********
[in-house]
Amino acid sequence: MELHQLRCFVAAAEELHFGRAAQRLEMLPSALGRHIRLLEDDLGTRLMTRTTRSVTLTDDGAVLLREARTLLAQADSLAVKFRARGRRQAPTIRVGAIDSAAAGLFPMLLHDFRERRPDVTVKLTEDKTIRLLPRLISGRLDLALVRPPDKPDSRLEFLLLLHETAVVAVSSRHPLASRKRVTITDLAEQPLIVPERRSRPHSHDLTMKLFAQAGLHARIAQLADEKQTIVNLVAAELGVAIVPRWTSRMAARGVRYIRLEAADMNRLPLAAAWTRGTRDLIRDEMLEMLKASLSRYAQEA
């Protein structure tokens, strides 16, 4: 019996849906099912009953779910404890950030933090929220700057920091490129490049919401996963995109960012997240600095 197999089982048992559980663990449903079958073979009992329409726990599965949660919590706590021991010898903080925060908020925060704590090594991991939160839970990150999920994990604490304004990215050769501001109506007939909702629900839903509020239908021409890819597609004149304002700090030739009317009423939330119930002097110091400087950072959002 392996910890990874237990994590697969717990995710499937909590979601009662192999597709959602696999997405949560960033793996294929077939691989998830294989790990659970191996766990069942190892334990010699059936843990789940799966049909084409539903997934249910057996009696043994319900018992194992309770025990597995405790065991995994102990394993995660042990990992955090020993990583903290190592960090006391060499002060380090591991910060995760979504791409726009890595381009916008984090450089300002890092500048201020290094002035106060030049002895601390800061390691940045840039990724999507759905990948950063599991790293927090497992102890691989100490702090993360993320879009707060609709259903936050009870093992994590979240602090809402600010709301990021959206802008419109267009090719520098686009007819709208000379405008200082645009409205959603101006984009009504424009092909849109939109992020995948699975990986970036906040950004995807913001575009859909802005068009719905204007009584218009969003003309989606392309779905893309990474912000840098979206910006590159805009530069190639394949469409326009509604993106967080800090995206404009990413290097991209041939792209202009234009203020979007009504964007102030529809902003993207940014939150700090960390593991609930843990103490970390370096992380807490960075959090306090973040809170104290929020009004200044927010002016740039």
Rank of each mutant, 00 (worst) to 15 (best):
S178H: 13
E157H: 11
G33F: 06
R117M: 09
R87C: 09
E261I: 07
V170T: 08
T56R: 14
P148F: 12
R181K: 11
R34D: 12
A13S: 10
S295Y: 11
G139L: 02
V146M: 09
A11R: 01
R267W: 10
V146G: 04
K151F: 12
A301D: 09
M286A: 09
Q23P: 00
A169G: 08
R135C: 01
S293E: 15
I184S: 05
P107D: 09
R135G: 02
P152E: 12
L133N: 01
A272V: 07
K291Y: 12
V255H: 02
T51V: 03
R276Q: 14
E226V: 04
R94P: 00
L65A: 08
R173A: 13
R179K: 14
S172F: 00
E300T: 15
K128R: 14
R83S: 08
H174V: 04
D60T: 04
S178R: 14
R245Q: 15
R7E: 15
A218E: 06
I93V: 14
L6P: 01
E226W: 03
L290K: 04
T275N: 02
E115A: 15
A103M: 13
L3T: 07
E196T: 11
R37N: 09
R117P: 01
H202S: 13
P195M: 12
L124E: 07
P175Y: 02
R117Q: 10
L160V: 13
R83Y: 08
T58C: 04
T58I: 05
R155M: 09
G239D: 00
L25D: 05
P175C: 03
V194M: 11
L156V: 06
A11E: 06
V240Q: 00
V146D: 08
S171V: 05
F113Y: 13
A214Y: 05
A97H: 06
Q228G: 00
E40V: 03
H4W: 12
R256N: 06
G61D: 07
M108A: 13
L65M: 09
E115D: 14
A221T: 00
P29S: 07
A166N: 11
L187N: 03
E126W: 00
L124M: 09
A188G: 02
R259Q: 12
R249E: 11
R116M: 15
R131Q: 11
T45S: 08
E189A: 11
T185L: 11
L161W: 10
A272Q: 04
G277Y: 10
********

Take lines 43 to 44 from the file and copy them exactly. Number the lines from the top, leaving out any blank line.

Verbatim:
R173A: 13
R179K: 14